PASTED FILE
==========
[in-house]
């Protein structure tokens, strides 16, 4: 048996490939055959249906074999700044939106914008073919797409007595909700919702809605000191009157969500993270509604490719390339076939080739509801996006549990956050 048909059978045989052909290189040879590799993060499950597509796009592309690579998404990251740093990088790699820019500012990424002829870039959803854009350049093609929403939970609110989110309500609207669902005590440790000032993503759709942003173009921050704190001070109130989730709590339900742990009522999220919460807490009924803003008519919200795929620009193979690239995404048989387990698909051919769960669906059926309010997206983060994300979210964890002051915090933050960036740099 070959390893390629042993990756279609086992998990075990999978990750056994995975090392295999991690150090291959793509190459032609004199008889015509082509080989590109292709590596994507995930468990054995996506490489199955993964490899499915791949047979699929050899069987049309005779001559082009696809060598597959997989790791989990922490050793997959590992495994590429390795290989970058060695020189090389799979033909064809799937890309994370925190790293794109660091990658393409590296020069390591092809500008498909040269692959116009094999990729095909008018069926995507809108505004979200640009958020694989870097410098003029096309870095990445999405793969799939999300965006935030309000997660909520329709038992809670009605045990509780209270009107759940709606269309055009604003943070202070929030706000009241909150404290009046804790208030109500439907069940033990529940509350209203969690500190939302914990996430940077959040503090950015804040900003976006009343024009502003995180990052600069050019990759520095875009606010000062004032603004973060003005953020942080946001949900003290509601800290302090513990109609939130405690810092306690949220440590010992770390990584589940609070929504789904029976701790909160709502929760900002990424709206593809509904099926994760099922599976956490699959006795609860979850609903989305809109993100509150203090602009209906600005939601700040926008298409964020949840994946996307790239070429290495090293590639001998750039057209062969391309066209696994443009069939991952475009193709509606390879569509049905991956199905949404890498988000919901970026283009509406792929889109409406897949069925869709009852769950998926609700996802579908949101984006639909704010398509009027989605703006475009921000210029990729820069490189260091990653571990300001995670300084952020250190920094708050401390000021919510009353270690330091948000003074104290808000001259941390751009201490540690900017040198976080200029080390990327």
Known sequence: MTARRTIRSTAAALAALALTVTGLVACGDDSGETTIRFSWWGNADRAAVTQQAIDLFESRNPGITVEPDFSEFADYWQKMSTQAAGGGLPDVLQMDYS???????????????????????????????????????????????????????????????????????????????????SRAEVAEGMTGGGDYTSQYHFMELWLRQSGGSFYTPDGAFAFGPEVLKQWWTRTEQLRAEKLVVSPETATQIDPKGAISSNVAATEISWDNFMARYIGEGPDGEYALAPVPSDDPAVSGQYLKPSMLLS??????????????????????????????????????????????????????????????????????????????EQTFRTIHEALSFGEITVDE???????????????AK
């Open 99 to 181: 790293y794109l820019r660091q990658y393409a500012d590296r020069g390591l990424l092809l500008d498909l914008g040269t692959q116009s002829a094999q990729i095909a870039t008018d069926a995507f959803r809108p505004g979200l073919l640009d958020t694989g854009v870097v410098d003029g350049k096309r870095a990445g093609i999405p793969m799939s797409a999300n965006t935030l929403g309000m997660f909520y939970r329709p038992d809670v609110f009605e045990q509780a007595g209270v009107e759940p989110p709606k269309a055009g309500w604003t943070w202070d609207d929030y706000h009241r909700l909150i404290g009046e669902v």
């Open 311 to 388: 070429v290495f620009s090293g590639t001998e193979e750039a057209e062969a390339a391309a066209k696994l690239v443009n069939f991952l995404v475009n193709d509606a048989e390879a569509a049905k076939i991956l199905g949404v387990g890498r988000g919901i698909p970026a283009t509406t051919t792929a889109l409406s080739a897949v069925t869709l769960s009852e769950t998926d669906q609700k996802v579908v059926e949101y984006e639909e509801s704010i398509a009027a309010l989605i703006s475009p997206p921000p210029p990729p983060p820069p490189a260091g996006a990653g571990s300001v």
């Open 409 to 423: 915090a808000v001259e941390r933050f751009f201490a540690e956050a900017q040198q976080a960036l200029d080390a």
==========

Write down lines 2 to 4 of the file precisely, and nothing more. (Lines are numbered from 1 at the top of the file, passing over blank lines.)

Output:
């Protein structure tokens, strides 16, 4: 048996490939055959249906074999700044939106914008073919797409007595909700919702809605000191009157969500993270509604490719390339076939080739509801996006549990956050 048909059978045989052909290189040879590799993060499950597509796009592309690579998404990251740093990088790699820019500012990424002829870039959803854009350049093609929403939970609110989110309500609207669902005590440790000032993503759709942003173009921050704190001070109130989730709590339900742990009522999220919460807490009924803003008519919200795929620009193979690239995404048989387990698909051919769960669906059926309010997206983060994300979210964890002051915090933050960036740099 070959390893390629042993990756279609086992998990075990999978990750056994995975090392295999991690150090291959793509190459032609004199008889015509082509080989590109292709590596994507995930468990054995996506490489199955993964490899499915791949047979699929050899069987049309005779001559082009696809060598597959997989790791989990922490050793997959590992495994590429390795290989970058060695020189090389799979033909064809799937890309994370925190790293794109660091990658393409590296020069390591092809500008498909040269692959116009094999990729095909008018069926995507809108505004979200640009958020694989870097410098003029096309870095990445999405793969799939999300965006935030309000997660909520329709038992809670009605045990509780209270009107759940709606269309055009604003943070202070929030706000009241909150404290009046804790208030109500439907069940033990529940509350209203969690500190939302914990996430940077959040503090950015804040900003976006009343024009502003995180990052600069050019990759520095875009606010000062004032603004973060003005953020942080946001949900003290509601800290302090513990109609939130405690810092306690949220440590010992770390990584589940609070929504789904029976701790909160709502929760900002990424709206593809509904099926994760099922599976956490699959006795609860979850609903989305809109993100509150203090602009209906600005939601700040926008298409964020949840994946996307790239070429290495090293590639001998750039057209062969391309066209696994443009069939991952475009193709509606390879569509049905991956199905949404890498988000919901970026283009509406792929889109409406897949069925869709009852769950998926609700996802579908949101984006639909704010398509009027989605703006475009921000210029990729820069490189260091990653571990300001995670300084952020250190920094708050401390000021919510009353270690330091948000003074104290808000001259941390751009201490540690900017040198976080200029080390990327």
Known sequence: MTARRTIRSTAAALAALALTVTGLVACGDDSGETTIRFSWWGNADRAAVTQQAIDLFESRNPGITVEPDFSEFADYWQKMSTQAAGGGLPDVLQMDYS???????????????????????????????????????????????????????????????????????????????????SRAEVAEGMTGGGDYTSQYHFMELWLRQSGGSFYTPDGAFAFGPEVLKQWWTRTEQLRAEKLVVSPETATQIDPKGAISSNVAATEISWDNFMARYIGEGPDGEYALAPVPSDDPAVSGQYLKPSMLLS??????????????????????????????????????????????????????????????????????????????EQTFRTIHEALSFGEITVDE???????????????AK
């Open 99 to 181: 790293y794109l820019r660091q990658y393409a500012d590296r020069g390591l990424l092809l500008d498909l914008g040269t692959q116009s002829a094999q990729i095909a870039t008018d069926a995507f959803r809108p505004g979200l073919l640009d958020t694989g854009v870097v410098d003029g350049k096309r870095a990445g093609i999405p793969m799939s797409a999300n965006t935030l929403g309000m997660f909520y939970r329709p038992d809670v609110f009605e045990q509780a007595g209270v009107e759940p989110p709606k269309a055009g309500w604003t943070w202070d609207d929030y706000h009241r909700l909150i404290g009046e669902v």